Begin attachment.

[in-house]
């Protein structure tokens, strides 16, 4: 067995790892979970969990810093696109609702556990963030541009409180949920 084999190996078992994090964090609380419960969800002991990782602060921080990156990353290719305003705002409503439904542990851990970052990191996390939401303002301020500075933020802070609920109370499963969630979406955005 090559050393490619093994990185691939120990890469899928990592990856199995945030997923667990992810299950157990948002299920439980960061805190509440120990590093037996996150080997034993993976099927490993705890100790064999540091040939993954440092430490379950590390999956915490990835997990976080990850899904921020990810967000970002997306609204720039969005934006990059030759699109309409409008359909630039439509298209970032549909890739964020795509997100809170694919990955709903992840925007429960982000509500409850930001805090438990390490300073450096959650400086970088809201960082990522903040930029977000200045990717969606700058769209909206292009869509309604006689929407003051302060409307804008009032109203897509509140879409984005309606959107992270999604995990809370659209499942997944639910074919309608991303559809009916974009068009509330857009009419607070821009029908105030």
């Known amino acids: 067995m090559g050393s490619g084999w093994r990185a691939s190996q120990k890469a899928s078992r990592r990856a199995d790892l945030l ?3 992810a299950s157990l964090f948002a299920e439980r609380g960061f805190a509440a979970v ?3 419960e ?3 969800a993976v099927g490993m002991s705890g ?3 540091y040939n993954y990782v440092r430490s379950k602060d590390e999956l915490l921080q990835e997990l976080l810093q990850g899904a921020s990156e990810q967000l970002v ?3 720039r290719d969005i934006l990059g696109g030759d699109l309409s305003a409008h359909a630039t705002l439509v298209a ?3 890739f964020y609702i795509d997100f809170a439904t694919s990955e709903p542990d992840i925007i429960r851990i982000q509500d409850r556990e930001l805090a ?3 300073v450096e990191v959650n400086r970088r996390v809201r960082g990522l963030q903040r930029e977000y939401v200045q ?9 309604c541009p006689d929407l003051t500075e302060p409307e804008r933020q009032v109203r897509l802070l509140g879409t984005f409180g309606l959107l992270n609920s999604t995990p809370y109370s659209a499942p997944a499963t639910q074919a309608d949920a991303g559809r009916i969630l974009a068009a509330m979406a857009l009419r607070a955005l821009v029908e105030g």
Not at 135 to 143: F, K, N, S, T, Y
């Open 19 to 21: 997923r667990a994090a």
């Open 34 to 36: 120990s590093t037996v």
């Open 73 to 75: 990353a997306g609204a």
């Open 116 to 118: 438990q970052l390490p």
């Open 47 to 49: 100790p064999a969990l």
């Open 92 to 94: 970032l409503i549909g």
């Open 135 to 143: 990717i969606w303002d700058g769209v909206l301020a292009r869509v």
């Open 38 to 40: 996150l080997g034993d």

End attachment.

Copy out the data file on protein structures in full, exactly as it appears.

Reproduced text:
[in-house]
């Protein structure tokens, strides 16, 4: 067995790892979970969990810093696109609702556990963030541009409180949920 084999190996078992994090964090609380419960969800002991990782602060921080990156990353290719305003705002409503439904542990851990970052990191996390939401303002301020500075933020802070609920109370499963969630979406955005 090559050393490619093994990185691939120990890469899928990592990856199995945030997923667990992810299950157990948002299920439980960061805190509440120990590093037996996150080997034993993976099927490993705890100790064999540091040939993954440092430490379950590390999956915490990835997990976080990850899904921020990810967000970002997306609204720039969005934006990059030759699109309409409008359909630039439509298209970032549909890739964020795509997100809170694919990955709903992840925007429960982000509500409850930001805090438990390490300073450096959650400086970088809201960082990522903040930029977000200045990717969606700058769209909206292009869509309604006689929407003051302060409307804008009032109203897509509140879409984005309606959107992270999604995990809370659209499942997944639910074919309608991303559809009916974009068009509330857009009419607070821009029908105030």
């Known amino acids: 067995m090559g050393s490619g084999w093994r990185a691939s190996q120990k890469a899928s078992r990592r990856a199995d790892l945030l ?3 992810a299950s157990l964090f948002a299920e439980r609380g960061f805190a509440a979970v ?3 419960e ?3 969800a993976v099927g490993m002991s705890g ?3 540091y040939n993954y990782v440092r430490s379950k602060d590390e999956l915490l921080q990835e997990l976080l810093q990850g899904a921020s990156e990810q967000l970002v ?3 720039r290719d969005i934006l990059g696109g030759d699109l309409s305003a409008h359909a630039t705002l439509v298209a ?3 890739f964020y609702i795509d997100f809170a439904t694919s990955e709903p542990d992840i925007i429960r851990i982000q509500d409850r556990e930001l805090a ?3 300073v450096e990191v959650n400086r970088r996390v809201r960082g990522l963030q903040r930029e977000y939401v200045q ?9 309604c541009p006689d929407l003051t500075e302060p409307e804008r933020q009032v109203r897509l802070l509140g879409t984005f409180g309606l959107l992270n609920s999604t995990p809370y109370s659209a499942p997944a499963t639910q074919a309608d949920a991303g559809r009916i969630l974009a068009a509330m979406a857009l009419r607070a955005l821009v029908e105030g």
Not at 135 to 143: F, K, N, S, T, Y
């Open 19 to 21: 997923r667990a994090a």
């Open 34 to 36: 120990s590093t037996v």
């Open 73 to 75: 990353a997306g609204a």
């Open 116 to 118: 438990q970052l390490p």
């Open 47 to 49: 100790p064999a969990l």
């Open 92 to 94: 970032l409503i549909g």
């Open 135 to 143: 990717i969606w303002d700058g769209v909206l301020a292009r869509v």
């Open 38 to 40: 996150l080997g034993d």